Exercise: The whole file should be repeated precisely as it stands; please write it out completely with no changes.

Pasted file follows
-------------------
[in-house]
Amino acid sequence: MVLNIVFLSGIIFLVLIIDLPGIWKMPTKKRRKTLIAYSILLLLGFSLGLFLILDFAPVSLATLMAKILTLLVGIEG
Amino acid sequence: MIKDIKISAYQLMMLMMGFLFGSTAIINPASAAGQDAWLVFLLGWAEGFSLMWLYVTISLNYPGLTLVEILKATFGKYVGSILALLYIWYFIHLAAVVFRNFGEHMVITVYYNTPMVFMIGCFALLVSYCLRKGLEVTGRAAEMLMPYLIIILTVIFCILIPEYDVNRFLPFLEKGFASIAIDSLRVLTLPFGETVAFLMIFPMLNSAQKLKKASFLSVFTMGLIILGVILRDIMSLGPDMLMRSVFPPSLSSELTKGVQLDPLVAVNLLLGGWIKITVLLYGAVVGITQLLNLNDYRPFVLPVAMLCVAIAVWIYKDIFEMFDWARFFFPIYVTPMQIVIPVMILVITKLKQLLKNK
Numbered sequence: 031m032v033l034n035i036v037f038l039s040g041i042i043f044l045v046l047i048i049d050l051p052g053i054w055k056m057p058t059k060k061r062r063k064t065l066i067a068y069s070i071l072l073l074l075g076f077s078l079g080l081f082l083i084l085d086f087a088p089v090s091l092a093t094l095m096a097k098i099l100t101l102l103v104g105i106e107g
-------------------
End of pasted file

[in-house]
Amino acid sequence: MVLNIVFLSGIIFLVLIIDLPGIWKMPTKKRRKTLIAYSILLLLGFSLGLFLILDFAPVSLATLMAKILTLLVGIEG
Amino acid sequence: MIKDIKISAYQLMMLMMGFLFGSTAIINPASAAGQDAWLVFLLGWAEGFSLMWLYVTISLNYPGLTLVEILKATFGKYVGSILALLYIWYFIHLAAVVFRNFGEHMVITVYYNTPMVFMIGCFALLVSYCLRKGLEVTGRAAEMLMPYLIIILTVIFCILIPEYDVNRFLPFLEKGFASIAIDSLRVLTLPFGETVAFLMIFPMLNSAQKLKKASFLSVFTMGLIILGVILRDIMSLGPDMLMRSVFPPSLSSELTKGVQLDPLVAVNLLLGGWIKITVLLYGAVVGITQLLNLNDYRPFVLPVAMLCVAIAVWIYKDIFEMFDWARFFFPIYVTPMQIVIPVMILVITKLKQLLKNK
Numbered sequence: 031m032v033l034n035i036v037f038l039s040g041i042i043f044l045v046l047i048i049d050l051p052g053i054w055k056m057p058t059k060k061r062r063k064t065l066i067a068y069s070i071l072l073l074l075g076f077s078l079g080l081f082l083i084l085d086f087a088p089v090s091l092a093t094l095m096a097k098i099l100t101l102l103v104g105i106e107g